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Chapter 8
Alternate Lives

Lives Unlived - Ronald Winston Smith Reagan

Army brat, peace activist, economist, father, husband. Born December 25, 2058 in Reaganville, North Dakota. Died December 25, 2099 in New Reagan, New Reagan, at the age of 41, under suspicious circumstances.

Most of us, perhaps, are victims of our lives, but, once in a while, you find somebody who transcends his circumstances to live a life you could not have predicted. Ronald Winston (Ron Winnie) Smith Reagan was one of them.

When Ron Winnie was growing up, his family moved from army base to army base as his father, a military dentist, was transferred hither and yon. Fort Reagan, Texas, Fort Reagan, Alabama, The Reagan Institute for Military Strategy - Ron Winnie lived in all of them, and many others. But, where most of the children he met would turn to drinking or violent behaviour to cope with the emptiness of their lives, Ron Winnie became an avid reader.

I met him when we were both undergraduates at the New School for Ronald Reagan Research. Ron Winnie would go on to get a degree in philosophy; I remember long talks into the night about how the intellectual belief in the equality of all persons seemed to clash with our emotional need to believe in superior beings. It didn't take me long to realize that Ron Winnie was one of the truly good people, and the day he proposed marriage to me was the happiest of my life.

Although he would always have a fondness for philosophy, Ron Winnie was eager to study something that could have a more immediate impact on the world. He went to Ronald Reagan College (what was once, I believe, called Harvard) to get an MBA, then to the London School of Economics for a PhD in economics.

Living outside the United States of Reagan really changed Ron Winnie. We all knew that there was a world that didn't worship one man the way we did, but it was something else to actually spend time in that world. Just meeting people who - incredibly! - had never heard of Ronald Reagan really opened Ron Winnie's eyes to possibilities that had not been possible while we lived in the USR.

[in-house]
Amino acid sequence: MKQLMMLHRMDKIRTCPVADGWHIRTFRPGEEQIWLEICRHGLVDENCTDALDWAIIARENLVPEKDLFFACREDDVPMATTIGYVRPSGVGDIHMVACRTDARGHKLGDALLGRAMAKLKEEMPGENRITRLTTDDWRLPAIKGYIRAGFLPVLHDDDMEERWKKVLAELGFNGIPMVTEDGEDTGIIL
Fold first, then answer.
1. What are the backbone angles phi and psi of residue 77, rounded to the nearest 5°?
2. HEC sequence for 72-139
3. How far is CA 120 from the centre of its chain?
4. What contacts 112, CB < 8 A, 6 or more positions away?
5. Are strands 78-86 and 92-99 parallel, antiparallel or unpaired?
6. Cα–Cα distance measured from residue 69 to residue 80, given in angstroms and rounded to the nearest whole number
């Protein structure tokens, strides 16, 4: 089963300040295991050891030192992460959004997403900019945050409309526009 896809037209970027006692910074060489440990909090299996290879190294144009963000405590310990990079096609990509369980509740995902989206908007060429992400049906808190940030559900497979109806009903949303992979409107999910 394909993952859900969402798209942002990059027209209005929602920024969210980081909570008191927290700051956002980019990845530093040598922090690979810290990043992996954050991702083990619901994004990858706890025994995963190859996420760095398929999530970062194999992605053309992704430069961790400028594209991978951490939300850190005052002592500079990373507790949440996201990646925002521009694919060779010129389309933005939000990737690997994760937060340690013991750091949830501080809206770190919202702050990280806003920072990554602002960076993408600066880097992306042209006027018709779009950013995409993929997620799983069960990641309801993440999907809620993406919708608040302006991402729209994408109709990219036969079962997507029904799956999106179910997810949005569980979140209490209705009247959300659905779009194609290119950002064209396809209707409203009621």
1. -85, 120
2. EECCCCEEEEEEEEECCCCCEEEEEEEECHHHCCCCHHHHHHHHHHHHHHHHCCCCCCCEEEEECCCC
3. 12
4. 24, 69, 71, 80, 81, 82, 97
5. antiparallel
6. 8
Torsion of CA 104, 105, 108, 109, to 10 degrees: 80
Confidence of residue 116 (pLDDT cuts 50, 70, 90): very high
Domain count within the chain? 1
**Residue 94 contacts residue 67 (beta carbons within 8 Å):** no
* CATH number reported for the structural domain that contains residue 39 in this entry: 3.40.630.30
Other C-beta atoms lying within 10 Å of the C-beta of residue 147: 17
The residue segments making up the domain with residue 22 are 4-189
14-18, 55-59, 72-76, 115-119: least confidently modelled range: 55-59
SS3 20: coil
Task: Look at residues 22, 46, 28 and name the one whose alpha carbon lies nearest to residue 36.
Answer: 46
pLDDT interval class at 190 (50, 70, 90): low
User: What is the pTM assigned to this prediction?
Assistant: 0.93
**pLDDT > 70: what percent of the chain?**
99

When we returned home, Ron Winnie took up a teaching position at Ronald Reagan College (or, could it have been Stamford?). He was, by all accounts, a good teacher who instilled a sense of economic and social justice in his students. However, his passion had turned towards issues of peace and international relations.

When the Strategic Defence Thingie, our space-based laser system, went haywire and destroyed half of Ottawa, including the Parliament buildings, the Prime Minister, the Deputy Prime Minister and most of the government, Ron Winnie led the protests against it. When, to cover its mistake, the USR declared Canada a hostile nation and, in the absence of its government, invaded the country, Ron Winnie was beside himself. He traveled frequently to Reaganville, DC to protest the unprovoked attack, and even spent some time at United Nations headquarters in New Reagan, New Reagan to see if the organization could do something to stop the senseless military adventure.

Ron Willie's advocacy on behalf of Canada made him many enemies, both within the government and within the academy. We would often come home to obscene messages in our voice mail - and, these were just from other faculty members! To his credit, Ron Winnie ignored these ominous threats and continued with his work.

Soon after Ron Winnie was denied tenure, he disappeared. His critics said he must have killed himself in despair over his stalled academic career, but I knew better: he had all but given up on it to devote as much of his time as he could on the peace movement. Just the afternoon before he disappeared, he was talking about putting together a flash mob to protest the annexation of Canada to the USR. When a jogger found his body in Central Reagan Park a few days later, I knew it couldn't be suicide.

I just know it.

Sometimes, when he was paying for a meal or a package of freedom smokes, Ron Winnie would look at the wrinkled old face on the bills and shake his head sadly. The last words he ever said to me were: "Ronnie Margaret, who exactly was Ronald Reagan, and why is he so damn important?" I wish had an answer for him.

Ronnie Margaret Milsop Reagan

Ronnie Margaret Milsop Reagan was Ronald Winston Smith Reagan's devoted wife.

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